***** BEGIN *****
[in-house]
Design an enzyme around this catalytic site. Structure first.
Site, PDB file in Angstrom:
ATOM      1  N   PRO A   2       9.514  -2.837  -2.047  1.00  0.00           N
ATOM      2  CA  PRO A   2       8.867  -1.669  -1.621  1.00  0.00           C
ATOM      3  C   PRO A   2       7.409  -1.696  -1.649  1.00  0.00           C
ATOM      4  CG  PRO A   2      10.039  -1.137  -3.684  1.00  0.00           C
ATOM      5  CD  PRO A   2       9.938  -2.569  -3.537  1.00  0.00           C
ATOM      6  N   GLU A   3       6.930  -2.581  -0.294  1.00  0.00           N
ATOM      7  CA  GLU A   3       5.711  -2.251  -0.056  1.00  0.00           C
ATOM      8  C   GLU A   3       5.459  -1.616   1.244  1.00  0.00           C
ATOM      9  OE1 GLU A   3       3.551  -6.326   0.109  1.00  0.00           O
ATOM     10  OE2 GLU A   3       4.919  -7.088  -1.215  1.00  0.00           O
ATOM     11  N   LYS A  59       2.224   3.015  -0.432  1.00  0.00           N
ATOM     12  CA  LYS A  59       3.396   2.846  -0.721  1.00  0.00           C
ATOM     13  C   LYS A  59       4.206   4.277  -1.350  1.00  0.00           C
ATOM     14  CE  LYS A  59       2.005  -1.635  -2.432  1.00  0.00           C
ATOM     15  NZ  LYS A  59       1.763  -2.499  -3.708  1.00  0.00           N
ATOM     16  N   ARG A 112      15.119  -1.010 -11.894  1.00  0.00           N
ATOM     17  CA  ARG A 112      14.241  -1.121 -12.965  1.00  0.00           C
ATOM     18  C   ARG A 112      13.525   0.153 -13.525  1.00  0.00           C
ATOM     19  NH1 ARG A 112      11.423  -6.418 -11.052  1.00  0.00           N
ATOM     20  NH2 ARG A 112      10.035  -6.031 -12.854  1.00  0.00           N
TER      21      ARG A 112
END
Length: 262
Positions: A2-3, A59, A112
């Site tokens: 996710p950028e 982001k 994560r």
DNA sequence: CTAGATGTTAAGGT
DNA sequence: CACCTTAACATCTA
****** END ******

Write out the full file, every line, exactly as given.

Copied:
[in-house]
Design an enzyme around this catalytic site. Structure first.
Site, PDB file in Angstrom:
ATOM      1  N   PRO A   2       9.514  -2.837  -2.047  1.00  0.00           N
ATOM      2  CA  PRO A   2       8.867  -1.669  -1.621  1.00  0.00           C
ATOM      3  C   PRO A   2       7.409  -1.696  -1.649  1.00  0.00           C
ATOM      4  CG  PRO A   2      10.039  -1.137  -3.684  1.00  0.00           C
ATOM      5  CD  PRO A   2       9.938  -2.569  -3.537  1.00  0.00           C
ATOM      6  N   GLU A   3       6.930  -2.581  -0.294  1.00  0.00           N
ATOM      7  CA  GLU A   3       5.711  -2.251  -0.056  1.00  0.00           C
ATOM      8  C   GLU A   3       5.459  -1.616   1.244  1.00  0.00           C
ATOM      9  OE1 GLU A   3       3.551  -6.326   0.109  1.00  0.00           O
ATOM     10  OE2 GLU A   3       4.919  -7.088  -1.215  1.00  0.00           O
ATOM     11  N   LYS A  59       2.224   3.015  -0.432  1.00  0.00           N
ATOM     12  CA  LYS A  59       3.396   2.846  -0.721  1.00  0.00           C
ATOM     13  C   LYS A  59       4.206   4.277  -1.350  1.00  0.00           C
ATOM     14  CE  LYS A  59       2.005  -1.635  -2.432  1.00  0.00           C
ATOM     15  NZ  LYS A  59       1.763  -2.499  -3.708  1.00  0.00           N
ATOM     16  N   ARG A 112      15.119  -1.010 -11.894  1.00  0.00           N
ATOM     17  CA  ARG A 112      14.241  -1.121 -12.965  1.00  0.00           C
ATOM     18  C   ARG A 112      13.525   0.153 -13.525  1.00  0.00           C
ATOM     19  NH1 ARG A 112      11.423  -6.418 -11.052  1.00  0.00           N
ATOM     20  NH2 ARG A 112      10.035  -6.031 -12.854  1.00  0.00           N
TER      21      ARG A 112
END
Length: 262
Positions: A2-3, A59, A112
């Site tokens: 996710p950028e 982001k 994560r």
DNA sequence: CTAGATGTTAAGGT
DNA sequence: CACCTTAACATCTA